Greece is shutting down with petroleum industry workers, who have declared a 10-day strike, the latest to join the list of protesters against Prime Minister George Papandreou’s €6.6 billion ($8.7 billion) austerity plan. In coming days, prison guards and hospital workers are expected to join the pack, with Greek tax inspectors set to strike next week.
The ongoing wave of protests follows the heated public-sector walk-out staged last week when ADEDY, Greece’s biggest public sector union, called to strike after European Union ministers hinted that they might renegotiate the terms of Greece’s most recent bailout. “They are not trying to save Greece. They are just killing workers,” ADEDY Vice President Ilias Vrettakos said in a rally speech. Some 20,000 supporters took part.
Protestors are opposed to Papandreou’s plan to reduce pay for 30,000 public sector workers, raise property taxes and slash wages and pensions across the country. The strikes are blocking essential day-to-day operations of the nation, with hundreds of flights cancelled at Athens International Airport, garbage piling up as sanitation staff refuse to work, and schools, government ministries and archaeological sites closed for business.
At a news conference in Athens, Greece’s Finance Minister Evangelos Venizelos said: “We are dependent on the aid and loans of our institutional partners. That is the situation of the country. And we must make superhuman efforts to win the wager of history.”
Regardless of new austerity measures announced by the International Monetary Fund (IMF) and the European Union, the Greek government said it would not reach its 2011 deficit target, falling short by almost €2 billion ($2.6 billion).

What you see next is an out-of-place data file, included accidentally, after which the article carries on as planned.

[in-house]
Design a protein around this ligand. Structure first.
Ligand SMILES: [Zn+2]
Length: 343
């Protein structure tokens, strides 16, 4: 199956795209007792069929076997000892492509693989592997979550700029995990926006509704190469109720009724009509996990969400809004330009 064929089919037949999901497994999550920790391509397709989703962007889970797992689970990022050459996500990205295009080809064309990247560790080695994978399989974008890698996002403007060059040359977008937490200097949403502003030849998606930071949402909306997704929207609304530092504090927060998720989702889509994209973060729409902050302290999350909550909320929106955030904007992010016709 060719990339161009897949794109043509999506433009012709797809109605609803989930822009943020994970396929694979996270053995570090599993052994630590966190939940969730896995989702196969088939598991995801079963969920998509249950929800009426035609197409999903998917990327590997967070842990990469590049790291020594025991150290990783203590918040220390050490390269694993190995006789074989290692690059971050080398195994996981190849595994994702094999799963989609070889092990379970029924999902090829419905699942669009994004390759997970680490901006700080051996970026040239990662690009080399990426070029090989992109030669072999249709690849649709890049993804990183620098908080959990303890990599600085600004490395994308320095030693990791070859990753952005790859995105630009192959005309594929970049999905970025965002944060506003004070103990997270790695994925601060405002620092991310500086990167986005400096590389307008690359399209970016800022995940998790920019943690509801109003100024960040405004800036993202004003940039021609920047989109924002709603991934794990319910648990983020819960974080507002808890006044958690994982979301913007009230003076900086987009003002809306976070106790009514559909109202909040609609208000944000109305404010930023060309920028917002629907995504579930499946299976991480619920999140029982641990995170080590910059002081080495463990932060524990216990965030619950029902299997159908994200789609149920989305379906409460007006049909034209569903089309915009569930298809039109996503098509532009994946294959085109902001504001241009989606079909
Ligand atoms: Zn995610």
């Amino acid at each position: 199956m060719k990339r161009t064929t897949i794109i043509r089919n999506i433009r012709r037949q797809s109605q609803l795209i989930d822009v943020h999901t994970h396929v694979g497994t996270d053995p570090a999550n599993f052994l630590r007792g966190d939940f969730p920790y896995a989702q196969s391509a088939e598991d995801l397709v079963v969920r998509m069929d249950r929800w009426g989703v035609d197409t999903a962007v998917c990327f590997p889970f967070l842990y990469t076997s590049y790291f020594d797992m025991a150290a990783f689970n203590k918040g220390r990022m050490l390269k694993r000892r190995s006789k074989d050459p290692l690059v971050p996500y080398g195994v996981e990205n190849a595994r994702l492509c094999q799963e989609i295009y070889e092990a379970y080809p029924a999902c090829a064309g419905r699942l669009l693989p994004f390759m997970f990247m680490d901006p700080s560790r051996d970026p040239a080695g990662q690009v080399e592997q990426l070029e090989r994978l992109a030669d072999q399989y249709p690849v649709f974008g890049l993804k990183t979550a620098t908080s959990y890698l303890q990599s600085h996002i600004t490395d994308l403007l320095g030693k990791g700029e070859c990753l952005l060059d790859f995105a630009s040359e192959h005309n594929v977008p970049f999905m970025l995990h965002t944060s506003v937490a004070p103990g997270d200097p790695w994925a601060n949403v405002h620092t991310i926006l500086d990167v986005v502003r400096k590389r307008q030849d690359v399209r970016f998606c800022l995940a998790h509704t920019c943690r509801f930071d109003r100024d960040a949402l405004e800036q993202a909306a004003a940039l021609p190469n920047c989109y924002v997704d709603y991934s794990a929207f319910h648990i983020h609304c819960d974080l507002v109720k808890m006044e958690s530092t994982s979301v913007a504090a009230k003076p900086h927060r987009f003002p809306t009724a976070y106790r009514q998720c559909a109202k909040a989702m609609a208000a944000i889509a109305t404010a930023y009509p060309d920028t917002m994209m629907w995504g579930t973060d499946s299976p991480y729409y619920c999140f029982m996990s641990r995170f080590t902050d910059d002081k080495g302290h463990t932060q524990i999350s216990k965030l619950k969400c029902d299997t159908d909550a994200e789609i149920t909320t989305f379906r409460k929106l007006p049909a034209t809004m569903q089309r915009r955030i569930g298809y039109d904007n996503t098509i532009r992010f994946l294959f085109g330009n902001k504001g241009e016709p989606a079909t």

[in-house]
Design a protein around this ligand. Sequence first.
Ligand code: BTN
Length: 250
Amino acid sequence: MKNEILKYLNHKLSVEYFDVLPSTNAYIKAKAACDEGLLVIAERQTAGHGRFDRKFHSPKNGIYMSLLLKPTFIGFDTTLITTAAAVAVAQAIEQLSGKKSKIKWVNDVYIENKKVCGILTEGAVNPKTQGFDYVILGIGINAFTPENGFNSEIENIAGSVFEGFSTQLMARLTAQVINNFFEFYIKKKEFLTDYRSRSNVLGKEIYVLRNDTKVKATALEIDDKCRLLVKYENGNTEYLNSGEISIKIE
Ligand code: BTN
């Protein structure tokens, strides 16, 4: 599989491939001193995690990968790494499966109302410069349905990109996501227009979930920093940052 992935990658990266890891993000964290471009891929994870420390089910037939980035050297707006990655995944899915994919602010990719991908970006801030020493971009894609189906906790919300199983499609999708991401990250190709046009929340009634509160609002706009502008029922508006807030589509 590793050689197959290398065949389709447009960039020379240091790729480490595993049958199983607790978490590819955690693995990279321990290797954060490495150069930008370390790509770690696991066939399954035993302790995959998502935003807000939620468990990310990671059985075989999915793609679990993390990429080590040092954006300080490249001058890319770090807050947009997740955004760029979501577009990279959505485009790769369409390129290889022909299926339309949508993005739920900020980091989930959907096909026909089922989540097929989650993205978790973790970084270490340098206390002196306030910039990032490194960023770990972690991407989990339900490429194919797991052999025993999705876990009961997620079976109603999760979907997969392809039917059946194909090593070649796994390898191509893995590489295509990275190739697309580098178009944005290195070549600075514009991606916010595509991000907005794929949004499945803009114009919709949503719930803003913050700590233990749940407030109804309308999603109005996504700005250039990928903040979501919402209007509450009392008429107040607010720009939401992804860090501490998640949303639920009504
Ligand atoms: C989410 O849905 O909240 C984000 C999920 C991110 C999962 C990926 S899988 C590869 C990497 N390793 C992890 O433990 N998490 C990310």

European banks that hold Greek debt could potentially suffer once again, as July’s bailout plan of €109 billion ($145 billion), the second bailout for the country in two years, may need to change. The plan was agreed on based on specific assumptions that Greece would return to growth next year with a 0.6% increase and meet pre-determined deficit and privatization targets; reforms were also part of the plan.
IMF Warns Greek ‘Haircut’ Not Enough
The Head of the European Department of the IMF, Antonio Borges, told Reuters that the assumptions, on which the original bailout deal was based, are no longer valid. “The Europeans have chosen in July to provide very good terms for the banking sector and to fund Greece as much as we needed to compensate for that,” Borges said at a news conference. “Since then, because the situation has become somewhat different, particularly concerning interest rates in Europe, the program will necessarily have to be revised.”
Borges stated that the revisions would have to be determined by the European Union: “We in the IMF could operate easily on the basis of a bigger or smaller haircut on the credit of international investors, this is very much an issue for the Europeans to decide.” Borges warned that a haircut, or the loss to be taken by banks, was not the way to solve Greece’s problems, and an adjustment to July’s bailout terms is still necessary.
Amidst doubts that the bailout package will proceed, the European Union is preparing to rescue banks, with European Economic and Monetary Affairs Commissioner, Olli Rehn, telling the Financial Times: “There is an increasingly shared view that we need a concerted, coordinated approach in Europe, while many of the elements are done in the member states. Capital positions of European banks must be reinforced to provide additional safety margins and thus reduce uncertainty.”
Key Statistics – Greek’s Debt Situation (source: International Monetary Fund)
- Greek debt could rise to over 189% of GDP in 2012, higher than the 172% forecast in June.
- Greek debt was at 165.5% of GDP this year, with forecast debt burden of almost 188% of GDP for 2013.
- Greece’s fiscal deficit is estimated at 8% of GDP this year, and is expected to drop to 6.9% in 2012.